The DMMA, a voluntary non-profit body which represents the interests of the South African digital industry recently rebranded as the Interactive Advertising Bureau (IAB) South Africa. This afforded its chairman Jarred Cinman the opportunity to attend the IAB Leadership Meeting in California. We asked him to share some of the trends, lessons and debates coming out of the conference.
The IAB — apart from now having licensees in 42 countries — has a full-time staff of over 50, with headquarters in Manhattan. The conference is sold out and boasts speakers from major players like Google, Yahoo and Wells Fargo.
The second day of the IAB Annual Leadership meeting in California raised many themes central to the present — and future — of digital marketing. Most striking is the near consensus view that after years in the wilderness the marketing director is back. And it’s all thanks to the internet.
To understand why this is one must first understand why the position fell out of favour in the first place. Traditional marketing practises, whilst powerful in the early years of mass media, eventually started to sink under their own weight. Spurious claims as to reach and efficacy, creative agencies more in love with their own ideas than the client’s brand and a consumer that wearied of being intruded upon at every opportunity all played a role in this.
Initially, digital advertising offered a carbon copy of this paradigm. Basic display banners were nothing more than animated versions of print ads. But over the years the sophistication of what digital can offer has exponentially increased. Today digital advertising offers brands an opportunity to reach consumers, in a highly relevant way, across multiple touchpoints. And to measure the effect these messages are having – and adapt, and improve, in realtime.
As Bob Liodice, CEO of the Association of National Advertisers said, “Big data is leading to big insights is leading to over-performance” in brands embracing this. And because this data is typically the purview of the marketing team they are suddenly in a position to guide strategy as never before.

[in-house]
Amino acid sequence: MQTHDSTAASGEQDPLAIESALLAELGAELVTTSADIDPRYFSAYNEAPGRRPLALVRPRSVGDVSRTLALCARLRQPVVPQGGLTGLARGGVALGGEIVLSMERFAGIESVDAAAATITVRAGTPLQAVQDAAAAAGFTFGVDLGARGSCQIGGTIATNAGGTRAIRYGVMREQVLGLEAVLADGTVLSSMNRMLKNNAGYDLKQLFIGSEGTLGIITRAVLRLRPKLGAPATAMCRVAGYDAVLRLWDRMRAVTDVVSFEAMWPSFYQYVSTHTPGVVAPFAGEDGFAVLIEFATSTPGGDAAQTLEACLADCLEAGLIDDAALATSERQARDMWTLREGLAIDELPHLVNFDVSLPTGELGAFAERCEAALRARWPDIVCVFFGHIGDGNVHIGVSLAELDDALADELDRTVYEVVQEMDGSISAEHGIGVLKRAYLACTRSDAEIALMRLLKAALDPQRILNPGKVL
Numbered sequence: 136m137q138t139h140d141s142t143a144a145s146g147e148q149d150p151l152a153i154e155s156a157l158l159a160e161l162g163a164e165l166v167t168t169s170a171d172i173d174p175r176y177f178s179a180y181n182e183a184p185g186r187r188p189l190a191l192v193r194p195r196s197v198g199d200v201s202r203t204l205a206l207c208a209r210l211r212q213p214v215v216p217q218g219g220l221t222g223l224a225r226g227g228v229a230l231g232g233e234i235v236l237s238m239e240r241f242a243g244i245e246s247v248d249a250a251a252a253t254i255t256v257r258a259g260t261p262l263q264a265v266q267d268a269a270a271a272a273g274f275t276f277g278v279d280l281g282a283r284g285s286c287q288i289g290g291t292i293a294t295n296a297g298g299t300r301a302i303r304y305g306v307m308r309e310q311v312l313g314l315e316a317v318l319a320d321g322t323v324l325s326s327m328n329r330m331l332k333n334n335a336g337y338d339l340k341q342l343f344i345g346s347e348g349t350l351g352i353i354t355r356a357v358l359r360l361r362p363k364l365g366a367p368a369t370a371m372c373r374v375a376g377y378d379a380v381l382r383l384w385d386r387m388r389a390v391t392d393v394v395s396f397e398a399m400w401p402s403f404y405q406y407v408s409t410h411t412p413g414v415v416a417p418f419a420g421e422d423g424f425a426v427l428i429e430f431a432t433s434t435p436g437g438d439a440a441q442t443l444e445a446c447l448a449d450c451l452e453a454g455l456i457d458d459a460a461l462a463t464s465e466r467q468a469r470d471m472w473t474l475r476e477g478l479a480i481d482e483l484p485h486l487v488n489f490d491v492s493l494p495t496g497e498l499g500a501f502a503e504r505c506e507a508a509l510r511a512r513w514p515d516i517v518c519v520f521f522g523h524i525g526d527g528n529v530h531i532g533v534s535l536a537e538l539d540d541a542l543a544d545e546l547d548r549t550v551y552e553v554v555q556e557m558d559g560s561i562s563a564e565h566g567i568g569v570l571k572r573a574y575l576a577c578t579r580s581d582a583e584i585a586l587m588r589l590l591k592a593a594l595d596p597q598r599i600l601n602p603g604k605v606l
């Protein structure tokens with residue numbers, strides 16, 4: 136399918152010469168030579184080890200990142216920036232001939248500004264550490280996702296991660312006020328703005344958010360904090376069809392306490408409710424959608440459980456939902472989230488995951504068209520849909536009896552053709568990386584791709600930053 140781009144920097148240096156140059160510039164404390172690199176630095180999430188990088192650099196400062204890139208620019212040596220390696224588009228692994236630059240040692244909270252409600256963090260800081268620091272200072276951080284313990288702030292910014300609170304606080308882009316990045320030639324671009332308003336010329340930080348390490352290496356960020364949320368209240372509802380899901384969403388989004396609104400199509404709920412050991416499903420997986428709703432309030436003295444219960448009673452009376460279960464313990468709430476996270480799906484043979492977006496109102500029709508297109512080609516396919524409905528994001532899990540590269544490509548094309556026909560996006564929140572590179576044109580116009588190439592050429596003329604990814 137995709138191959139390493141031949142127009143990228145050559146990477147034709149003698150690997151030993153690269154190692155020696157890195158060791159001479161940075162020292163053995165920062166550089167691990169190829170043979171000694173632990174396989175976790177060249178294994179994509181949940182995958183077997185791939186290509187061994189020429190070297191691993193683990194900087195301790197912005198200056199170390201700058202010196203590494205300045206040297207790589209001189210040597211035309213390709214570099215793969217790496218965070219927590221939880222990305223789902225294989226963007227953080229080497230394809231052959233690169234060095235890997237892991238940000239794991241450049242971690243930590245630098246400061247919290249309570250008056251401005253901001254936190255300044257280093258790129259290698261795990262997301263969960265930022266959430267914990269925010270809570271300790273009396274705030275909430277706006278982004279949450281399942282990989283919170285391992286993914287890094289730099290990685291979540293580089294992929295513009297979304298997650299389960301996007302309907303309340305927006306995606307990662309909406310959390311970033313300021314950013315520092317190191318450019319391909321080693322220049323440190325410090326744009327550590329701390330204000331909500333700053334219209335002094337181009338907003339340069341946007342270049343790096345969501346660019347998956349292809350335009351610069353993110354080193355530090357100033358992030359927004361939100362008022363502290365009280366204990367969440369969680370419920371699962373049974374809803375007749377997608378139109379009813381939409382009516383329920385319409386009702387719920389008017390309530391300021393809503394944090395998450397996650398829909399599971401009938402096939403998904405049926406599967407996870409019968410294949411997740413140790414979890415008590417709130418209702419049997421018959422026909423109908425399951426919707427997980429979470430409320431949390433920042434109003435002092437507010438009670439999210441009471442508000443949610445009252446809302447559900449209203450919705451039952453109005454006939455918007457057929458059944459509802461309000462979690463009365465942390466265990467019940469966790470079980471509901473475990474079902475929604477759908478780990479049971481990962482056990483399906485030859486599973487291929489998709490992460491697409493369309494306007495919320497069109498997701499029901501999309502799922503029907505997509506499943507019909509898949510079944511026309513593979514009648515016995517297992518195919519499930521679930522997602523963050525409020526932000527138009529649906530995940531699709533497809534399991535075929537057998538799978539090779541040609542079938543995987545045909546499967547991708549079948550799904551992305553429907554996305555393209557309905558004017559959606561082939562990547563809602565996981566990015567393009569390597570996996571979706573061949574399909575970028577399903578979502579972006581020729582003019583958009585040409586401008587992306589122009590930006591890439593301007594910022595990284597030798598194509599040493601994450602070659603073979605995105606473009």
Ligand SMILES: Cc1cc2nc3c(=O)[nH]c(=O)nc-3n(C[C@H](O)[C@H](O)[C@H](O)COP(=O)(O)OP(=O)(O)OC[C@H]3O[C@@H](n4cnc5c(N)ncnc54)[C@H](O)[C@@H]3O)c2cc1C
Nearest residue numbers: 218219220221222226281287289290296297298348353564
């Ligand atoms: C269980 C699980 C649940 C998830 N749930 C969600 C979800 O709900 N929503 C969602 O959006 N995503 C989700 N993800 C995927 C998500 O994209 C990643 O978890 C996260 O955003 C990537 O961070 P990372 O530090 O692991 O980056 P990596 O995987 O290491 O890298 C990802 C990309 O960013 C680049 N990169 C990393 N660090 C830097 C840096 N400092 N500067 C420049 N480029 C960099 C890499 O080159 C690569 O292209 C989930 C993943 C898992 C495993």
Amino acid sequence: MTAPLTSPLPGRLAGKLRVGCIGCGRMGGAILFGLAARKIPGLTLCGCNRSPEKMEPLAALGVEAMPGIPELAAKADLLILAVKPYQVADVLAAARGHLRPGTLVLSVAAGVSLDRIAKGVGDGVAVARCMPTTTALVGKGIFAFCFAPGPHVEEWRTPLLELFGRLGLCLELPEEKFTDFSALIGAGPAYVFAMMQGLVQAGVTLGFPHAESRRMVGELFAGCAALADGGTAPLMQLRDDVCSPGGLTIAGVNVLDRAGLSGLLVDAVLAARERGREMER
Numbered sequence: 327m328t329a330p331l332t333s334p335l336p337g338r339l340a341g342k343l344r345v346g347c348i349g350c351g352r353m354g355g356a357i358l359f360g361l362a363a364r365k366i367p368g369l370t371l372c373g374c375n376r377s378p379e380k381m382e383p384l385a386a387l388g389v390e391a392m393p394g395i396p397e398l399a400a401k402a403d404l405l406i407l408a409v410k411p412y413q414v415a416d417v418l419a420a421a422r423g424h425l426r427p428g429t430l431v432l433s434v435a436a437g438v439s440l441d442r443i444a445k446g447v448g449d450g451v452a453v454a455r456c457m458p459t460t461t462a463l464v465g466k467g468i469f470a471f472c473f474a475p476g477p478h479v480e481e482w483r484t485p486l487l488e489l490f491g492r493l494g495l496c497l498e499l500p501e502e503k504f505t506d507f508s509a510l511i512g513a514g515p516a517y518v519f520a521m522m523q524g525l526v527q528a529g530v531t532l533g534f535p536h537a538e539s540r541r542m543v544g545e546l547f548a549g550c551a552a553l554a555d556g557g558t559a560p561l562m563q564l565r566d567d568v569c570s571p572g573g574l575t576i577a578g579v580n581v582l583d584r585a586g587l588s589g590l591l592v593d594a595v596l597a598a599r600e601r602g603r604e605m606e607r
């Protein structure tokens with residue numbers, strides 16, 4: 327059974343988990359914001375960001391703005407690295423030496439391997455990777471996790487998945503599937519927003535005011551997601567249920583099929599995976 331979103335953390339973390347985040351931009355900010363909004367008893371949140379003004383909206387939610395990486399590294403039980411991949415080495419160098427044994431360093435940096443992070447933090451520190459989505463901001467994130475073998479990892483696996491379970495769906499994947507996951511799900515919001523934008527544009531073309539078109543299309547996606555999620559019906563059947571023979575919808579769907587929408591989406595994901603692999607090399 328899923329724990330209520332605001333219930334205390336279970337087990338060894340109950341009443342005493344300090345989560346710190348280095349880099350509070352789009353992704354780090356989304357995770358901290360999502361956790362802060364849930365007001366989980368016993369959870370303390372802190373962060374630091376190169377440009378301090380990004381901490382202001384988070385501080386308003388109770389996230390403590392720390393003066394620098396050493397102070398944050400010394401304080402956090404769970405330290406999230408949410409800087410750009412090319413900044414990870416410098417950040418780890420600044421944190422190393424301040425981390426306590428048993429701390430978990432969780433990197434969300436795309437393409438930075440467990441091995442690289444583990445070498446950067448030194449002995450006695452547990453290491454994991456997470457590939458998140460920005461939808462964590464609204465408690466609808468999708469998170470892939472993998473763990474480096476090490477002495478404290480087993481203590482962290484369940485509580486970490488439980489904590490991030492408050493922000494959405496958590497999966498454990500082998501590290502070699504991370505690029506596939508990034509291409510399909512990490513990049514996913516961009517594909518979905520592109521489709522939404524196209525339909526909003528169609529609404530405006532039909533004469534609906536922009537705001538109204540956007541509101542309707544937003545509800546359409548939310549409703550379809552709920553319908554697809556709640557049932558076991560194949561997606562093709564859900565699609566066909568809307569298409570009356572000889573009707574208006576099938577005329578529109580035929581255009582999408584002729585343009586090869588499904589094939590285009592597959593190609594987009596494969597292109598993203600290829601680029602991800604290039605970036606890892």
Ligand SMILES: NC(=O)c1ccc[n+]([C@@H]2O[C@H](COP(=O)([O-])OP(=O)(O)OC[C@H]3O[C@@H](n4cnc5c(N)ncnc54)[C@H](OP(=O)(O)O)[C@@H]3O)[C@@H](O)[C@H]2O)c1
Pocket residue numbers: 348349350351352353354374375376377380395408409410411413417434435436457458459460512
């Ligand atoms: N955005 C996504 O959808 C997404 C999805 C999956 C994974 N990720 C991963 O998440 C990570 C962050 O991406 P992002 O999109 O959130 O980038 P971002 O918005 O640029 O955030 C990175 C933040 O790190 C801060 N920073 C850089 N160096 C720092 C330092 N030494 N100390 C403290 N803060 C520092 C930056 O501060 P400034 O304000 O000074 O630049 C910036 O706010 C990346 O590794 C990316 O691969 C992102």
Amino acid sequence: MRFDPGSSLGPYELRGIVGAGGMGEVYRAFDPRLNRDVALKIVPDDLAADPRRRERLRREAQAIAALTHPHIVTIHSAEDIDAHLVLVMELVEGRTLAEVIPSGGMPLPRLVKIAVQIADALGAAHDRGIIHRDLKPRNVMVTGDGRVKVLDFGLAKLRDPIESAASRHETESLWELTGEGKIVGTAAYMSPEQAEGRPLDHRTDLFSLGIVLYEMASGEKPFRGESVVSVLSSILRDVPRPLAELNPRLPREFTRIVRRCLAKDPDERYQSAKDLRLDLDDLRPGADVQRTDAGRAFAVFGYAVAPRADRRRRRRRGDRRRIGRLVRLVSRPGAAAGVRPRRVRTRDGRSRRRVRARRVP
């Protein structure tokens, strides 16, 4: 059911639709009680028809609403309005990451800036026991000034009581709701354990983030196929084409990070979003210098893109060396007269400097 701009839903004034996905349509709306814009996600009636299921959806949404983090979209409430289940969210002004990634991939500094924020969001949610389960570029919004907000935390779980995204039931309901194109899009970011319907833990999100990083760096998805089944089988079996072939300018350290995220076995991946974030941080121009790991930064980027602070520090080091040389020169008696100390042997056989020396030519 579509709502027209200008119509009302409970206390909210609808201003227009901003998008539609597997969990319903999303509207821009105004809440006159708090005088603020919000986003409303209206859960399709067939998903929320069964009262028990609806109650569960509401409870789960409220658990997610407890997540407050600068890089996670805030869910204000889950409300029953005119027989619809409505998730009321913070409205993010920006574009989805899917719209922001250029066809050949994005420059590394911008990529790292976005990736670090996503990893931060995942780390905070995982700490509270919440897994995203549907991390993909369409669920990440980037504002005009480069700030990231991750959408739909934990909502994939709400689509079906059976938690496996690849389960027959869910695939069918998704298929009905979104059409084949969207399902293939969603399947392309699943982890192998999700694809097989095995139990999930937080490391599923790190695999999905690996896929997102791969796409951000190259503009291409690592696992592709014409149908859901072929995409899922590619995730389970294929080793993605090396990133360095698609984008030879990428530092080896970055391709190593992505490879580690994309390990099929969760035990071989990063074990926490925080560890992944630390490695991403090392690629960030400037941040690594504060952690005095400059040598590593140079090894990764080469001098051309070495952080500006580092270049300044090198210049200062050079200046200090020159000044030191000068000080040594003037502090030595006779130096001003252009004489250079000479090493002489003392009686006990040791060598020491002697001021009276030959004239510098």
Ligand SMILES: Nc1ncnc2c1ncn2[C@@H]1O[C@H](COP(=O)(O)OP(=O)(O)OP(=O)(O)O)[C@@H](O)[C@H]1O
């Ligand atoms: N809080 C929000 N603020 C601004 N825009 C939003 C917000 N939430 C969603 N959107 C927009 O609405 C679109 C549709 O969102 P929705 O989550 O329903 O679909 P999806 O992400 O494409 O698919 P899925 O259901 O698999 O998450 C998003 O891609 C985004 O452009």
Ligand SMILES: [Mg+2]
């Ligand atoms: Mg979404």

Of course they cannot operate in isolation. Liodice and others, like Jamie Moldafsky, CMO of banking giant Wells Fargo and Ann Lewnes, CMO of Adobe, point to increased collaboration between marketing directors and IT, HR and Finance. But make no mistake: insights and data sit at the heart of the new marketing organisation. Wells Fargo, for example, has set up a “command centre” on both the East and West Coast of the US to monitor and respond to consumer sentiment in realtime. And to extract insights as they go.
In the US, the ANA and the IAB are driving toward what they’ve called “Marketing 2020”, a vision of the way marketers, publishers and agencies need to operate in the digital age. With typical flourish and cheerleading this vision has formed a basis for this IAB conference. It has called for a new commitment to integrity and collaboration. But it has done so with a skip in its step. Marketing, overall, is starting to win again. And a huge part of that victory is digital and digital marketing ideas.
A number of emerging markets like South Africa remain trapped largely in a traditional marketing paradigm. There are many reasons for this, not least of which is the enormous chunk of the population in those countries who have no meaningful access to the internet. But one thing we know is that, given time, this will change. CEOs will demand the same kind of measurability and responsiveness that advanced markets like the US and UK have today. And as far as that goes digital is the only game in town.
Other key learnings from the day: